denominator.ToString(  );
      return s;
   }
}


public class Tester
{
   public void Run(  )
   {
      Fraction firstFraction = new Fraction( 3, 4 );
      Console.WriteLine( "firstFraction: {0}", firstFraction.ToString(  ) );

      Fraction secondFraction = new Fraction( 2, 4 );
      Console.WriteLine( "secondFraction: {0}", secondFraction.ToString(  ) );

      Fraction sumOfTwoFractions = firstFraction + secondFraction;
      Console.WriteLine(
         "firstFraction + secondFraction = sumOfTwoFractions: {0}",
         sumOfTwoFractions.ToString(  ) );

   }
   static void Main(  )
   {
      Tester t = new Tester(  );
      t.Run(  );
   }
}

The output looks like this:

    firstFraction: 3/4
    secondFraction: 2/4
    firstFraction + secondFraction = sumOfTwoFractions: 5/4

In Figure, you start by creating a Fraction class. The private member data is the numerator and denominator, stored as integers:

    public class Fraction
    {
     private int numerator;
     private int denominator;

The constructor just initializes these values. The overloaded addition operator takes two Fraction objects, returns a Fraction, and is marked static:

    public static Fraction operator+(Fraction lhs, Fraction rhs)
    {

If the denominators for the fractions are the same, you add the numerators and return a new Fraction object created by passing in the sum of the numerators as the new numerator and the shared denominator as the new denominator:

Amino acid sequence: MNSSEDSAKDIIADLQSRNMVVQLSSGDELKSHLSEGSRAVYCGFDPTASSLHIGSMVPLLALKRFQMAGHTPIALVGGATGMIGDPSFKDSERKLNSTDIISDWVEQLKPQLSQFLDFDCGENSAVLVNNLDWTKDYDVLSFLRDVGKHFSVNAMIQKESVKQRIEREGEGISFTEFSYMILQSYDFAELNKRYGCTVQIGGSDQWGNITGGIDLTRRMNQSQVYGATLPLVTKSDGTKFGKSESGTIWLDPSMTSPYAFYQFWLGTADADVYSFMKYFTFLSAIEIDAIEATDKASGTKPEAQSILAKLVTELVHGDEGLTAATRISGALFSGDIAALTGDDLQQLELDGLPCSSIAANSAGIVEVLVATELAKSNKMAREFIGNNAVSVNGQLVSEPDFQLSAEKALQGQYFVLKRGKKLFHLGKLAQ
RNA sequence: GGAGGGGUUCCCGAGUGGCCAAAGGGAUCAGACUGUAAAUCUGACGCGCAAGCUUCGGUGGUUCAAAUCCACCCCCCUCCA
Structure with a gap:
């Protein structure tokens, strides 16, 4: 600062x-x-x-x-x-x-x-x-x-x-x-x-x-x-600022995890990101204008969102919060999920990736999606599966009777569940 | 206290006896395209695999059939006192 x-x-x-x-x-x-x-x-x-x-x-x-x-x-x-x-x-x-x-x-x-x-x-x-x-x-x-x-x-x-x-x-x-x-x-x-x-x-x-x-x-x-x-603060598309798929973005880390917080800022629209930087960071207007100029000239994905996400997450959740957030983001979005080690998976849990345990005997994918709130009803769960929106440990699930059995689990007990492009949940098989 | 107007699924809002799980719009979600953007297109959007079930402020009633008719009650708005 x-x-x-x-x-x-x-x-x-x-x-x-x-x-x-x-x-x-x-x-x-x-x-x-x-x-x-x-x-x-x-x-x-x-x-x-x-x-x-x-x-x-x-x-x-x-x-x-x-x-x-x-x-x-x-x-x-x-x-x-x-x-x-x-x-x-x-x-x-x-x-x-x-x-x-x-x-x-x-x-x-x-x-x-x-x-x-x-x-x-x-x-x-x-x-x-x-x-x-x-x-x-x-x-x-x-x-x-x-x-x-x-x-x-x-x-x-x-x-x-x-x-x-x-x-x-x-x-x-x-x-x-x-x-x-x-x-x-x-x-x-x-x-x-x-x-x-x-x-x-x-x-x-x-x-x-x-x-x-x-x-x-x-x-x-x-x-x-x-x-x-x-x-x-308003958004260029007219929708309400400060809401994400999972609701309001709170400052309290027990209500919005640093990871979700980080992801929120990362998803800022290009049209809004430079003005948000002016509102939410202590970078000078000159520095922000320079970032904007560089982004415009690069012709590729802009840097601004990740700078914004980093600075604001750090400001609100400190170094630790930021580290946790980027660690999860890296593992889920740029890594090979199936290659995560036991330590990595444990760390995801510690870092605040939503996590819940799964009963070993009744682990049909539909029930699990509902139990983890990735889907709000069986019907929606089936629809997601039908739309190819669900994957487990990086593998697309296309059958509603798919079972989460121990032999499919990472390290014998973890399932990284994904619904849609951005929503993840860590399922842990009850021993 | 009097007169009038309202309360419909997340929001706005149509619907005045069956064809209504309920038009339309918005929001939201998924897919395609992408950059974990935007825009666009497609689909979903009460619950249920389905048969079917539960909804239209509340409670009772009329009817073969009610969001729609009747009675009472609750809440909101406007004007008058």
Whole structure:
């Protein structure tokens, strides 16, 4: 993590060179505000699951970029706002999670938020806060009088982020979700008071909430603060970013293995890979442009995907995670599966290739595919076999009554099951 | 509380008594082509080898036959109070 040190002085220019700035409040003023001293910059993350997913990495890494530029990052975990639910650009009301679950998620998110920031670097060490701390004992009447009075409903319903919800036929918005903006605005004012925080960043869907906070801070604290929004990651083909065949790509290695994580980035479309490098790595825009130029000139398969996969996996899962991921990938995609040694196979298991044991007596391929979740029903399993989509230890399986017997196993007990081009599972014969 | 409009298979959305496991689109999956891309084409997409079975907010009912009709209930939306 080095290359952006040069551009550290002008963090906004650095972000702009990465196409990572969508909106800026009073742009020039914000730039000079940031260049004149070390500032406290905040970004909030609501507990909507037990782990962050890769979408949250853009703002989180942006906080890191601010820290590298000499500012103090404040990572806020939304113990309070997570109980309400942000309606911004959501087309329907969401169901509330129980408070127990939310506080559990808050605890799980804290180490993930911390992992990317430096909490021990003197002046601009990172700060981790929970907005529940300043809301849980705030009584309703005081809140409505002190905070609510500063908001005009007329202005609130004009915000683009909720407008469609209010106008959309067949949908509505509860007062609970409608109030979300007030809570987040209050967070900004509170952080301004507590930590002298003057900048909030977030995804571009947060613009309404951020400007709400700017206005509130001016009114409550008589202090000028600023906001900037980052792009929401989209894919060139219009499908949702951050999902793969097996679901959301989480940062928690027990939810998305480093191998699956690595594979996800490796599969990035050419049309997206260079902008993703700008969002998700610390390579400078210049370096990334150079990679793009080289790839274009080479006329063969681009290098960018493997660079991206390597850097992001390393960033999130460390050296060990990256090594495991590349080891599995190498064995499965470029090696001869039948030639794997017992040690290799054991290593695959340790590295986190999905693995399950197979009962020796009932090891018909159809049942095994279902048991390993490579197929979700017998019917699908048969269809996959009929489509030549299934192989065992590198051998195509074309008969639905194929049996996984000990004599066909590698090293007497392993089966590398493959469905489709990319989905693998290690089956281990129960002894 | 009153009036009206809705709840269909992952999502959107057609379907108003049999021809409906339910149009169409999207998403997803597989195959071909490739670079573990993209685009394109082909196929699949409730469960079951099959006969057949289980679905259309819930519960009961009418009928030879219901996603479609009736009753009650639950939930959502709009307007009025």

if (lhs.denominator == rhs.denominator)
    {
         return new Fraction(lhs.numerator+rhs.numerator,
         lhs.denominator);
    }

The Fraction objects firstFraction and secondFraction are passed in to the overloaded addition operator as lhs and rhs, respectively. The new Fraction is created on the heap, and a reference is returned to the calling method, Run( ), where it is assigned to sumOfTwoFractions:

    Fraction sumOfTwoFractions = firstFraction + secondFraction;
    Console.WriteLine( "firstFraction + secondFraction = sumOfTwoFractions: {0}",
       sumOfTwoFractions.ToString(  ) );

Back in the implementation of the operator, if the denominators are different, you cross-multiply before adding. This allows you to add like Fractions.

        int firstProduct = lhs.numerator * rhs.denominator;
        int secondProduct = rhs.numerator * lhs.denominator;
        return new Fraction(
         firstProduct + secondProduct,
         lhs.denominator * rhs.denominator
     );

The two local variables, firstProduct and secondProduct, are temporary; they are destroyed when the method returns. The new Fraction created, however, is not temporary; it is created on the heap, and a reference is returned as previously.

A good Fraction class would, no doubt, implement all the arithmetic operators (addition, subtraction, multiplication, division). To overload the multiplication operator, you would write operator*; to overload the division operator, you would write operator/.


The Fraction class overrides the ToString( ) method (inherited from Object) to allow you to display the fractions by passing them to Console.WriteLine( ). (For more information about overloading methods, see Chapter 8.)